The problems with the effects reflect the problems with the film at large, in which the clashing tones manifest a wannabe goofy, gnarly genre picture that won’t put in any of the work to make it so. Macabre images like a river of blood, queasy shoulder dislocation and a frightening insect that attaches itself to the inside of one’s mouth are improperly offset by the film’s insistence on making the pseudo daddy-daughter relationship between Mills and Koa more prominent than it needs to be to make a film like this work. 

But 65 isn’t entirely a wash, and it’s watchable and even a little fun until it falls off into total tedium. Driver, not only one of our best actors but one of our best yellers, showcases some of the most impressive screaming of his career, in a performance otherwise serviceable as “distraught and grizzled protagonist searching for the Macguffin.”  The score—credited to Chris Bacon with a curious co-composing credit for Danny Elfman—is at times magnificently evocative of old school sci-fi adventure music, though during light moments between Koa and Mills, it leans on your standard, insert “comedy situation music” that sounds composed by A.I. The best and only real dinosaur fight occurs at the very end, where two Tyrannosaurs are bathed in darkness and moonglow, a proper lighting decision to shadow the flaws in their creation. Why the previous 80 minutes could not be bothered to do this I cannot tell you.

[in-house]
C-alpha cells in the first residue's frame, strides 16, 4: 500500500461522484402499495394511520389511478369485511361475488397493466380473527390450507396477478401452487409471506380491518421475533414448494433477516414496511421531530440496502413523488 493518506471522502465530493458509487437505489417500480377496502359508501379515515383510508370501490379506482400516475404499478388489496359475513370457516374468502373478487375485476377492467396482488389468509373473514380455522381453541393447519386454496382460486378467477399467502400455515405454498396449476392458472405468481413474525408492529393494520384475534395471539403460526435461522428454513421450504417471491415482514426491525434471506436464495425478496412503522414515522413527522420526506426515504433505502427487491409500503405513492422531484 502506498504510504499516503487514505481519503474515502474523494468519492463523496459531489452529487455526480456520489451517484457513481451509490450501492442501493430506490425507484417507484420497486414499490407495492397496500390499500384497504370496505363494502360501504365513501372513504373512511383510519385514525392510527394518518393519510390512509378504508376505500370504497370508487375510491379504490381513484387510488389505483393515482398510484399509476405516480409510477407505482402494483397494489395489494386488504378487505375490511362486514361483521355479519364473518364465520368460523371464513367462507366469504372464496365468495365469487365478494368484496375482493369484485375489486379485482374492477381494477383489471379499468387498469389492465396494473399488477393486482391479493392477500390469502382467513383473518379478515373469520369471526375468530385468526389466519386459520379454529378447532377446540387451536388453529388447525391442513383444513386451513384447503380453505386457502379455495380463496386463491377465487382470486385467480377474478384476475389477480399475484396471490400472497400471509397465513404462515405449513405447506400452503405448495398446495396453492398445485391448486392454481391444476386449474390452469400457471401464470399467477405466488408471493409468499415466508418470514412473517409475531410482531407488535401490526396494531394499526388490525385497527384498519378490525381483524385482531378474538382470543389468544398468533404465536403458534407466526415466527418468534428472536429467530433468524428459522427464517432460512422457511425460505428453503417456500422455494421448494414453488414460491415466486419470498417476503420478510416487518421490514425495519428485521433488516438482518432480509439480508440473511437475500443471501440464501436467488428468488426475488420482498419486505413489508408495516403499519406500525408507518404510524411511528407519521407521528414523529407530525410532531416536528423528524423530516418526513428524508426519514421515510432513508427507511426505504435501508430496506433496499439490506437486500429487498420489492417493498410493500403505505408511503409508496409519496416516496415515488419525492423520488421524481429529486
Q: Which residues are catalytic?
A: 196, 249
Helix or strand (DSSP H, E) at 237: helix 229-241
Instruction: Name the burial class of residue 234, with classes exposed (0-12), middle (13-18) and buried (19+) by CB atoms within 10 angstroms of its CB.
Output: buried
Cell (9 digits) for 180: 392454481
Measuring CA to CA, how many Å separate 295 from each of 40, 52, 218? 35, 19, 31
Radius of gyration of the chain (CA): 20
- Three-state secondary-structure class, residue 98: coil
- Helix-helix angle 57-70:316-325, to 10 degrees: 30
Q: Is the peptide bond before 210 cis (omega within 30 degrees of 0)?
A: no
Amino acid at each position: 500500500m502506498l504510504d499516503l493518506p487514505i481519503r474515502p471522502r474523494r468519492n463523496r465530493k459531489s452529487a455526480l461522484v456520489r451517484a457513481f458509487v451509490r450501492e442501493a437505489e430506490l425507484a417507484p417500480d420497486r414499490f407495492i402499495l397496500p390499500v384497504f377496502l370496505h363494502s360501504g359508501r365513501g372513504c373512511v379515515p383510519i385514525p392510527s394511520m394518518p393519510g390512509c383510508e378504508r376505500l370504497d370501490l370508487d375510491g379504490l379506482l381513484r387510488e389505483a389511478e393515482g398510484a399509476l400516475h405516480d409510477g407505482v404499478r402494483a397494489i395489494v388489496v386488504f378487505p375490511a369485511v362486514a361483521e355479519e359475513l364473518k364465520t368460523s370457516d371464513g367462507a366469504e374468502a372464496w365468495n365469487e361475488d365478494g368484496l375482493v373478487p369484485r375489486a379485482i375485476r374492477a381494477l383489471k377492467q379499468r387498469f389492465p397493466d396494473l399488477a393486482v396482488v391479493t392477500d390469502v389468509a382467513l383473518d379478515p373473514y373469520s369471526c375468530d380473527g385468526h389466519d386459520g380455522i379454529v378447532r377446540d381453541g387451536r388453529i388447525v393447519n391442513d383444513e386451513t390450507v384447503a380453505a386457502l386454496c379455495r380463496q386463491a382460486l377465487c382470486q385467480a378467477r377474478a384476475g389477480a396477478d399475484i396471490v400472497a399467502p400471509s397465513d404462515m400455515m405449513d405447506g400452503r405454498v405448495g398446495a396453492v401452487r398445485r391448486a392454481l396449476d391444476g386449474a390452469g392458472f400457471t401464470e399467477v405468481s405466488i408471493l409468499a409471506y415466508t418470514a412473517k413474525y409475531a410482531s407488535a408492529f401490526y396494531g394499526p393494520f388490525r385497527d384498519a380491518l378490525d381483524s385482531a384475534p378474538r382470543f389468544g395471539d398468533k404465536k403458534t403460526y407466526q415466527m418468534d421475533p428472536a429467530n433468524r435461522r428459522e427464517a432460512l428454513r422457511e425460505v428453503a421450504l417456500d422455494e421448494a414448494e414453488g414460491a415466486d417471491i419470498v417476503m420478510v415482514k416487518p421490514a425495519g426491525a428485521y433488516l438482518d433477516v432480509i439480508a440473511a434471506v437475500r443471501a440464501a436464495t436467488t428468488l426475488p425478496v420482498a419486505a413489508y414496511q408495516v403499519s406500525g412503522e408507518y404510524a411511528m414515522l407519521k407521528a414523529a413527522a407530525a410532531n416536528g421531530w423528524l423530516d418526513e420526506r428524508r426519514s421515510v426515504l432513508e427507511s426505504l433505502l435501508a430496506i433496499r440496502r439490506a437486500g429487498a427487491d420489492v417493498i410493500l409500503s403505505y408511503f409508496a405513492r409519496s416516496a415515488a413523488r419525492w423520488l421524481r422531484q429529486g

Instead, the film forces a poorly written, artificial emotional arc upon the narrative. It becomes so utterly contrived that it might as well not be there at all, even though B-movies have proven themselves able to carry some sort of an emotional throughline that doesn’t drag the rest of the film down. Modern films love to arouse the ghosts of a perceived better past without fully embracing what makes us nostalgic for them. Beck and Woods seem to have an entirely misguided conception of what people love about B-movies in the first place and, like A Quiet Place, 65 flounders in this middle ground because it won’t commit to being a genre film. 

Director: Scott Beck, Bryan Woods
Writer: Scott Beck, Bryan Woods
Starring: Adam Driver, Ariana Greenblatt, Chloe Coleman
Release Date: March 10, 2023

Brianna Zigler is an entertainment writer based in Brooklyn. Her work has appeared at Gawker, The Playlist, Polygon, Bright Wall/Dark Room and more. You can follow her on Twitter.